Two recent studies led by researchers at Harvard, Arizona State and the University of Pennsylvania tested the hypothesis that actively creating novel distinctions and sonically portraying them during the performance of orchestral music is preferable to attempting to re-create a past performance. Orchestra musicians were instructed to be either mindless or mindful during a performance. In this case, being mindless meant replicating a previous performance with which they were very satisfied. The mindful instructions directed them to make the piece new in very subtle ways that only they would know. (They were playing classical music. Unlike with jazz, the novel distinctions were subtle.) Their performances were taped and then played for audiences unaware of the instructions. Researchers found that not only did the musicians much prefer playing mindfully, but the pieces created in a mindful state were judged as superior. Individual attention to novel distinctions and subtle nuances appears to alter the process of creative ensemble performance and lead to music that is more enjoyable to perform and hear.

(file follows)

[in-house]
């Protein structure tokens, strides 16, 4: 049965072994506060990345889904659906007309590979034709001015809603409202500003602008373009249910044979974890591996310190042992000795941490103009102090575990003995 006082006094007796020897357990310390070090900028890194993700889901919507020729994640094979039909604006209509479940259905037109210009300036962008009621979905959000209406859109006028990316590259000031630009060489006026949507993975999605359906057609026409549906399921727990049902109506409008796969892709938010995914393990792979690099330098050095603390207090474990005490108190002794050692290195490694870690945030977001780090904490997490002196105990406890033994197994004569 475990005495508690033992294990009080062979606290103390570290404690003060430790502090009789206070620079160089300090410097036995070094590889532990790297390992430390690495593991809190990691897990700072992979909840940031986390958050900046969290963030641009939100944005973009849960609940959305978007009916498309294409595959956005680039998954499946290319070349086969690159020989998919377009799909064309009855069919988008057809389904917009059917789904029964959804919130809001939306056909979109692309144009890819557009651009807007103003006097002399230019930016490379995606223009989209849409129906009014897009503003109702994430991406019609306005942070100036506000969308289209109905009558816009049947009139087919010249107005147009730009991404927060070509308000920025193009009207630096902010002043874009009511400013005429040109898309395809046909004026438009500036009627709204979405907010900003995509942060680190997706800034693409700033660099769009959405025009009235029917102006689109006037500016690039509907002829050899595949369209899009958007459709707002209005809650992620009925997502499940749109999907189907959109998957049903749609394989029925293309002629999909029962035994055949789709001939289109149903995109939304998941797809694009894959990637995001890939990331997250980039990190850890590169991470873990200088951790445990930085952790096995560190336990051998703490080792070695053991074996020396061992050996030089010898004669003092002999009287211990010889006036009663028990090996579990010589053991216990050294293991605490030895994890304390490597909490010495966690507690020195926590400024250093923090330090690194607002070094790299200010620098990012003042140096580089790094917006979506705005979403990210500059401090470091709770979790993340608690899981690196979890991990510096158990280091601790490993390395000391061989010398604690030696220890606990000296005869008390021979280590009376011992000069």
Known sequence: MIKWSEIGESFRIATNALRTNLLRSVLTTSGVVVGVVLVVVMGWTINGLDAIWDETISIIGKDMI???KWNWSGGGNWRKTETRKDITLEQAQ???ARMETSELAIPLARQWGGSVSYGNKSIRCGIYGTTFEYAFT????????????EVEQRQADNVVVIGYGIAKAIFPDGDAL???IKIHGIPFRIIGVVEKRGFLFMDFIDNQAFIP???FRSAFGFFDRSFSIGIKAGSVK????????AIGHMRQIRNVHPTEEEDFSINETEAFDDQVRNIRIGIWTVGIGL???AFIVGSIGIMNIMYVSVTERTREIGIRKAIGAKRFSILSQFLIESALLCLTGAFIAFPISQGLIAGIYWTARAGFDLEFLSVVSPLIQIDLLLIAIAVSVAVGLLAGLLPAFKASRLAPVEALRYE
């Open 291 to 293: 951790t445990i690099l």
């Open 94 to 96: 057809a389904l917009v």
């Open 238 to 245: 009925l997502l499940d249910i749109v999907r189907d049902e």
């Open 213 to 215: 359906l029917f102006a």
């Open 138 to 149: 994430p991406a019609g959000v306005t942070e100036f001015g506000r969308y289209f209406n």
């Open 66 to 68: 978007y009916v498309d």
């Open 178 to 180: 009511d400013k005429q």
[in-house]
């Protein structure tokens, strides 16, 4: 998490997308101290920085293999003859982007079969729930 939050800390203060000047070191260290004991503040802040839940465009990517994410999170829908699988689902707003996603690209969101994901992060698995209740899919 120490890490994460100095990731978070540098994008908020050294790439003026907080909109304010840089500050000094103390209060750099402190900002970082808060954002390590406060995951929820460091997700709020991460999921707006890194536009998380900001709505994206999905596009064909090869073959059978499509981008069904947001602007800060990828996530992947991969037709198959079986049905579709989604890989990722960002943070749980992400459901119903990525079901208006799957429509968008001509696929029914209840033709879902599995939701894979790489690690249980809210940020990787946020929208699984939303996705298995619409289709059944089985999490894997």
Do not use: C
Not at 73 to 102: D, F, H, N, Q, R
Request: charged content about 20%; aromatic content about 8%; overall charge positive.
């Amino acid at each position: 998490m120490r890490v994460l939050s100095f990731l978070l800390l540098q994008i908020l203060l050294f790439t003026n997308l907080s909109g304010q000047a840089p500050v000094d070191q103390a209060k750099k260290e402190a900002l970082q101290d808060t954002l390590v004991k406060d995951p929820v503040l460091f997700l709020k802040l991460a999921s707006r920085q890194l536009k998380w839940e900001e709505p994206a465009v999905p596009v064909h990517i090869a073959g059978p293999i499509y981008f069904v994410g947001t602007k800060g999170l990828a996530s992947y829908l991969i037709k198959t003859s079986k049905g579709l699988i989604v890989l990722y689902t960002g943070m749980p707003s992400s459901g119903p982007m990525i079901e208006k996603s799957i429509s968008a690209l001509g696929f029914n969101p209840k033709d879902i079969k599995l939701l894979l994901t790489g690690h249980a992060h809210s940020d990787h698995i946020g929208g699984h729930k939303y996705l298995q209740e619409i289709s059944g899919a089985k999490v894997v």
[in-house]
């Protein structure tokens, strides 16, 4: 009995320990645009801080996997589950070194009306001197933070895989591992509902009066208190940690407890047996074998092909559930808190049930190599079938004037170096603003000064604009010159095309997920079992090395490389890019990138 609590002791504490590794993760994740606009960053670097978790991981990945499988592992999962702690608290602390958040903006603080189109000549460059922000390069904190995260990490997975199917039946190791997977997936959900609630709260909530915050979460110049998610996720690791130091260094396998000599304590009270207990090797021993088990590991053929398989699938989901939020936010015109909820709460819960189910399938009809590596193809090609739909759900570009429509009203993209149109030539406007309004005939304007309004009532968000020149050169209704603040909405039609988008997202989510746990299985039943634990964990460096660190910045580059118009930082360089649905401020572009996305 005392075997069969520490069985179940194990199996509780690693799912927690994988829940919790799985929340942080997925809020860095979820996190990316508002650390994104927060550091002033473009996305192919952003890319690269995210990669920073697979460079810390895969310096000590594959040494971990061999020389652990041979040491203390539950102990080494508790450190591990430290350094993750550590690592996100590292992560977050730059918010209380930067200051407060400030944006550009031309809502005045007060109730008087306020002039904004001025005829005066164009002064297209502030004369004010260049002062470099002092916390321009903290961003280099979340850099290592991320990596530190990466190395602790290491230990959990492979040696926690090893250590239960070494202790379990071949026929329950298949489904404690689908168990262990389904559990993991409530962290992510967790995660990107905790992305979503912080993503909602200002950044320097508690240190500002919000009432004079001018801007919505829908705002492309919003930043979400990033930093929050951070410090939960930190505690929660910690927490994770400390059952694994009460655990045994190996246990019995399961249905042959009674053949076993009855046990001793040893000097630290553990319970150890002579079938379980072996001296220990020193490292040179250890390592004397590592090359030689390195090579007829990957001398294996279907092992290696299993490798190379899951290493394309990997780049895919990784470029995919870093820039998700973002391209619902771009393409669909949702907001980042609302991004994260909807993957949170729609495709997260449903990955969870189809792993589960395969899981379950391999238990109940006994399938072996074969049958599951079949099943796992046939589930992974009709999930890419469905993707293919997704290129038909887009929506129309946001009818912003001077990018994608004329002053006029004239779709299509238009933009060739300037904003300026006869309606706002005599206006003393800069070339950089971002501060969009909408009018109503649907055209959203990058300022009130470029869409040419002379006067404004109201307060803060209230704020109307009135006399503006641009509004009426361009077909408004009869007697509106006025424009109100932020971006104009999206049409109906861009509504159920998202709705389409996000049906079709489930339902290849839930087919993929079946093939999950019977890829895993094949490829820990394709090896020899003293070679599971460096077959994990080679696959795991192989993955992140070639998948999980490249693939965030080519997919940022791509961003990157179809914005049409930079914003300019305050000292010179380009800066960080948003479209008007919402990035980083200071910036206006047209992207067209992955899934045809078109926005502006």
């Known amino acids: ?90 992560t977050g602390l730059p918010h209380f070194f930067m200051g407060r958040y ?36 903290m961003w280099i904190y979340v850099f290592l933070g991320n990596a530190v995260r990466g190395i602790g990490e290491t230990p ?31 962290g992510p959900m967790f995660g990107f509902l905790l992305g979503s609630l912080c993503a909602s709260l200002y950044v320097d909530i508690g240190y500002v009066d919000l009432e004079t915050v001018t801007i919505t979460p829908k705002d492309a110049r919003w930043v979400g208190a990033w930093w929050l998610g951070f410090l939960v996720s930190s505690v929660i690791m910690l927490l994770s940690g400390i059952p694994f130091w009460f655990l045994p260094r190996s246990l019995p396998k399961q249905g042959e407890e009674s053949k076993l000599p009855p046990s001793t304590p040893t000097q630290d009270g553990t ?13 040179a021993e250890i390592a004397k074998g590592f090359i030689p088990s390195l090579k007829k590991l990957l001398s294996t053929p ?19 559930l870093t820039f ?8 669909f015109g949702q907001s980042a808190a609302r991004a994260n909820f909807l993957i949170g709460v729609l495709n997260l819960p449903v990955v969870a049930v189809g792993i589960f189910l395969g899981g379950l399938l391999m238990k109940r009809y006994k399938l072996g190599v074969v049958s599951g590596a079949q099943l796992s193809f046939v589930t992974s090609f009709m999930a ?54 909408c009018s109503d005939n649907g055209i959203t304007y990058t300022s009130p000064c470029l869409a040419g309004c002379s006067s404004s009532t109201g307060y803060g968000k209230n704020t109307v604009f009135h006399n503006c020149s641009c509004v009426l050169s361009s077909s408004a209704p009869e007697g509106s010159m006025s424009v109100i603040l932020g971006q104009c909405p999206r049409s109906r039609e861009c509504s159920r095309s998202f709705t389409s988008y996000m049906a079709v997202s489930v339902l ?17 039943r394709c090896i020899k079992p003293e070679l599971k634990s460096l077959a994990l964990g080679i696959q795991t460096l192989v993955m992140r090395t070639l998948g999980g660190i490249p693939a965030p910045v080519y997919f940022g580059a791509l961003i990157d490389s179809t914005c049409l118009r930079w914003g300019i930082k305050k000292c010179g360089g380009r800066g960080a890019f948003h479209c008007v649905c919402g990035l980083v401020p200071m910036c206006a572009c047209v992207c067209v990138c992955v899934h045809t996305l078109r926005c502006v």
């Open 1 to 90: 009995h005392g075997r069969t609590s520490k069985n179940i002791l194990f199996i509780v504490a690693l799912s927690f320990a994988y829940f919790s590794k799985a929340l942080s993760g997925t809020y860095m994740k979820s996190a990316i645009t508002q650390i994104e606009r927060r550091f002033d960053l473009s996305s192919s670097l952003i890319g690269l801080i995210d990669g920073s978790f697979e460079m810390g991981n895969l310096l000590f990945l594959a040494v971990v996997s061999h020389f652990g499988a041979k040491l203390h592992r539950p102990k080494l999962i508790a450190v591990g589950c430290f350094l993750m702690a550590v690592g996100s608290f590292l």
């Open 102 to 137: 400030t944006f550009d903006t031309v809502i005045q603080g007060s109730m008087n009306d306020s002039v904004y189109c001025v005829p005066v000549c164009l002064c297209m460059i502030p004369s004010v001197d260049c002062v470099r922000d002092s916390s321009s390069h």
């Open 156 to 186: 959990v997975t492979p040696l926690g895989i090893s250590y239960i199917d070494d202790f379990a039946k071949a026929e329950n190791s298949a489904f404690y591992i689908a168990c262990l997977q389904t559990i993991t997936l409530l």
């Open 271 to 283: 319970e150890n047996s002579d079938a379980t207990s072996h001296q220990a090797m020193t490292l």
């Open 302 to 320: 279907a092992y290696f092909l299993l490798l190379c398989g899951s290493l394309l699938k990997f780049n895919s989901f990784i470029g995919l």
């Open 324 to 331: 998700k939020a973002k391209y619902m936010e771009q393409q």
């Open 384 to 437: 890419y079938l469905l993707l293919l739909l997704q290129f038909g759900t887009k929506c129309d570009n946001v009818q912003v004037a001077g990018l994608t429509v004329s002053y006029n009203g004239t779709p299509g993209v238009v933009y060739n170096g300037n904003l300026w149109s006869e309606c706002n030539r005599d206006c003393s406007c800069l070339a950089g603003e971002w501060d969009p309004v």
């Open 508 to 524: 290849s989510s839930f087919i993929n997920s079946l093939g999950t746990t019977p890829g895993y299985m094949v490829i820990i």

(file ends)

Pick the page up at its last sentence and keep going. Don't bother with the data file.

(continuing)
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About the author
Line Goguen-Hughes is a writer and editor and former assistant editor at Mindful.